It is true that today English is seen as the language of modernisation – a way to keep up with the world rather than a tie to the past – but in Pakistan it is something more. English – spoken as a first or second language by 49% of the population – seems to be part of the Pakistani identity, even if it was never a part of the Pakistani culture. Anything indigenous is considered inferior, and anything colonial superior. This language distinction has led to a social and cultural distinction, resulting in a class divide. The elite is defined by the use of English, and this social division could easily lead to sociocultural decline. 

English is also the main language in official and governmental communications, but the need has been expressed for the government to at least provide basic services, laws, signage, and education in a language familiar to the majority of its population, for the sake of administration and human development. In 2015, the Prime Minister Nawaz Sharif made it mandatory for government officials to deliver speeches in Urdu, whether in Pakistan or abroad, but despite this formal attempt, the education sector still has a long way to go.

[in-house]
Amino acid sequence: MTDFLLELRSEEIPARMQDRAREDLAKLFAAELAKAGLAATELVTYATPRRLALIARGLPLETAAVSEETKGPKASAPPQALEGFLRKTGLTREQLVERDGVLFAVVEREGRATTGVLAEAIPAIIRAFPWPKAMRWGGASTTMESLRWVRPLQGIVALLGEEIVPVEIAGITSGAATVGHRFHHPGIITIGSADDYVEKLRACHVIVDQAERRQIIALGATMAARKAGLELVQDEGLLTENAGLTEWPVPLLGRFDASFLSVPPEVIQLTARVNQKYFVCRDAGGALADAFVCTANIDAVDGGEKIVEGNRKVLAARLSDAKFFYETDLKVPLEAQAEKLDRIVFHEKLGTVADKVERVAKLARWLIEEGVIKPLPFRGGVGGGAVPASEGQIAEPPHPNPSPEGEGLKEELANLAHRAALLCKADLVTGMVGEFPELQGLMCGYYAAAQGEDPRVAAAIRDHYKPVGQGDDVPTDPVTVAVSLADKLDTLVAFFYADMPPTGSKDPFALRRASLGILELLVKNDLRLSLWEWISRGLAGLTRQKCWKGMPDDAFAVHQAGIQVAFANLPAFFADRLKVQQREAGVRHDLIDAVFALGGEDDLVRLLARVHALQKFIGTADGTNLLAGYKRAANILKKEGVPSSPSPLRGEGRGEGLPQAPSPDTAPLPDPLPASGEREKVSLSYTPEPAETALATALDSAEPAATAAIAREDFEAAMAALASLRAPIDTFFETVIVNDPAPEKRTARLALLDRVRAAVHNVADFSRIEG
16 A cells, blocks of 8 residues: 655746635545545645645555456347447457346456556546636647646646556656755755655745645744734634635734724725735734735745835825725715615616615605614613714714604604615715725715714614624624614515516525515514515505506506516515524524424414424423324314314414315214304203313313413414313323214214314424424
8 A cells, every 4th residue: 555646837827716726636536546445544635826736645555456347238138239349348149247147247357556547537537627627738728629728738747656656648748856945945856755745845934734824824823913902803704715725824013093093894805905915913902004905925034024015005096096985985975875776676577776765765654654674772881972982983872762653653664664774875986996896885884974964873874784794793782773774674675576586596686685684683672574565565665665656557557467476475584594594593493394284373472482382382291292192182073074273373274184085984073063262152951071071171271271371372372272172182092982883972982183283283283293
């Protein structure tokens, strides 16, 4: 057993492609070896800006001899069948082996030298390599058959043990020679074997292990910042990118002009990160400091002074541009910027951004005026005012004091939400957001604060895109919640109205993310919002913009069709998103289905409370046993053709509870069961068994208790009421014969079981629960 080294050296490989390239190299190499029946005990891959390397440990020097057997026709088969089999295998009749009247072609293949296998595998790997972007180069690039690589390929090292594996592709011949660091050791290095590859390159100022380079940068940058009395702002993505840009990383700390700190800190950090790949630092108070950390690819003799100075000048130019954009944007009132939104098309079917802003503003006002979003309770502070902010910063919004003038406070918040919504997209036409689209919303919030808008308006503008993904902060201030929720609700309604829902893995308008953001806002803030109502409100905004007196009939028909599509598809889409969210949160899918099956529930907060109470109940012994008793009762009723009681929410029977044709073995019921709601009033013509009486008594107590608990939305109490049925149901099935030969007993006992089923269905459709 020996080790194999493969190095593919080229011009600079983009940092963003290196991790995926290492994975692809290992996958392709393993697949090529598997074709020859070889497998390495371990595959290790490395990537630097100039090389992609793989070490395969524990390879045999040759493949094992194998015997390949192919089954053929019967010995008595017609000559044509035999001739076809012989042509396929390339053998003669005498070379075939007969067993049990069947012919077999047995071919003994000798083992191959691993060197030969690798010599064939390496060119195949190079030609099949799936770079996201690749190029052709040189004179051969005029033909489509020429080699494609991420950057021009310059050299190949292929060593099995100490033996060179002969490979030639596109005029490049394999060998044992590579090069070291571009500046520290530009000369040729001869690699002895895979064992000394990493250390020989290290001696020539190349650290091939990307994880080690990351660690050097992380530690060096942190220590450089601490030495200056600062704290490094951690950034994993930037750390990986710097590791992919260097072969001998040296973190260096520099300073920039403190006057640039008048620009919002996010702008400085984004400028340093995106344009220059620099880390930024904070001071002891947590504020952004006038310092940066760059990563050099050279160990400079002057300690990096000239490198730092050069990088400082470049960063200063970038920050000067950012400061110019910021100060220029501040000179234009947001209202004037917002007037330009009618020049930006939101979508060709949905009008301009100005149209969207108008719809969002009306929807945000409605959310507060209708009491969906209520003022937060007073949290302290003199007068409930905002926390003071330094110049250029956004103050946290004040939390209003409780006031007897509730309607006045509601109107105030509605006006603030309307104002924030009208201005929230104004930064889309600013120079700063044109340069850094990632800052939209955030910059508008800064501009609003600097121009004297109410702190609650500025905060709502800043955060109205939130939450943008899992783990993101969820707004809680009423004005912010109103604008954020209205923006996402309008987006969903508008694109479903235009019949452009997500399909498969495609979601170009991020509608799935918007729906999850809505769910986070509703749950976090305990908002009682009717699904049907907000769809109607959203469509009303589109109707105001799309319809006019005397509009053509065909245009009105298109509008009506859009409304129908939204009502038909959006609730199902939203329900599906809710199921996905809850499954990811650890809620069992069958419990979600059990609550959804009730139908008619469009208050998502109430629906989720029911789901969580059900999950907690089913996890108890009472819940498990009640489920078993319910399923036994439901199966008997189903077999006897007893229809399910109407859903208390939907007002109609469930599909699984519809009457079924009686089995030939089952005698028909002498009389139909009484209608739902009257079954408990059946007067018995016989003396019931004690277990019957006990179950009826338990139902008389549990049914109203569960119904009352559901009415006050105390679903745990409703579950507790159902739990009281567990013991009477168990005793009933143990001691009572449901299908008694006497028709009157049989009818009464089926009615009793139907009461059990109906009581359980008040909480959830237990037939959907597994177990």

In a country as poorly governed as Pakistan, with a high illiteracy rate*, it is an extreme burden to expect individuals to somehow communicate in an unfamiliar language. To reach the whole population rather than just the elite, it is important to communicate in Urdu, just as it is important to ensure that Urdu is used as the primary language in the education system, which in turn must be improved. 

*The literacy rate ranges from 82% in Islamabad to 23% in the Torghar District. Literacy rates vary by gender and region. In tribal areas female literacy is 9.5%, while Azad Kashmir has a literacy rate of 74%. 

The illiteracy rate and the loss of linguistic capital  

In Pakistan, there are 25 million out-of-school children. But we rarely mention the 17 million children in school who are struggling and failing to read and write in any language – both languages that are familiar to them, and those that are unfamiliar. When these children decide to no longer pursue their education, we say they “dropped out”. But the truth of the matter is that, in many instances, these children are pushed out due to a systemic failure, forced into this choice by the weaknesses and shortcomings of the school education system.

Who can read (class wise % of children)
Schooling access, rural vs urban sample
Access% of out of school children (age 6-16)% of enrolled children (age 6-16)% of government school% of private school
National rural17%83%77%23%
National urban6%94%38%62%
Enrollment by gender and type of school (%), urban sample


75% of children in Pakistan cannot read and understand a simple text by the age of 10.